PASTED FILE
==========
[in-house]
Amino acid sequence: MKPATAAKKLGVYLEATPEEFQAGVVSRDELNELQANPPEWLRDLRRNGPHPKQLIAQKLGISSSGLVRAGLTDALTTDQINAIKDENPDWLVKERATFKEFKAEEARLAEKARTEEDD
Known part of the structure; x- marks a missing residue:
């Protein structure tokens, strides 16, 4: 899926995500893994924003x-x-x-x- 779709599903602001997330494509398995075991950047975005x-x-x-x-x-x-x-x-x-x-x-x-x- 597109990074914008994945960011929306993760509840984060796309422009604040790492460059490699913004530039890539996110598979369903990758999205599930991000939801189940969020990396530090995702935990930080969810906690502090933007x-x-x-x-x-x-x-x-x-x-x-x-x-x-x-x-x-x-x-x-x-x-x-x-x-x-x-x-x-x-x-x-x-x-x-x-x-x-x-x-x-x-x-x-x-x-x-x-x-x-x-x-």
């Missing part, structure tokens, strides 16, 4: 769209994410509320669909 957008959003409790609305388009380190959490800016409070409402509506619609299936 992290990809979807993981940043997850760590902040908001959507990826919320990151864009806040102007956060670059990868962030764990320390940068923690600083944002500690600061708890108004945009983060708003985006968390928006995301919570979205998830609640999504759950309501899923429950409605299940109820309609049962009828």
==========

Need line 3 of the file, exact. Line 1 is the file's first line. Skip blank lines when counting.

Known part of the structure; x- marks a missing residue: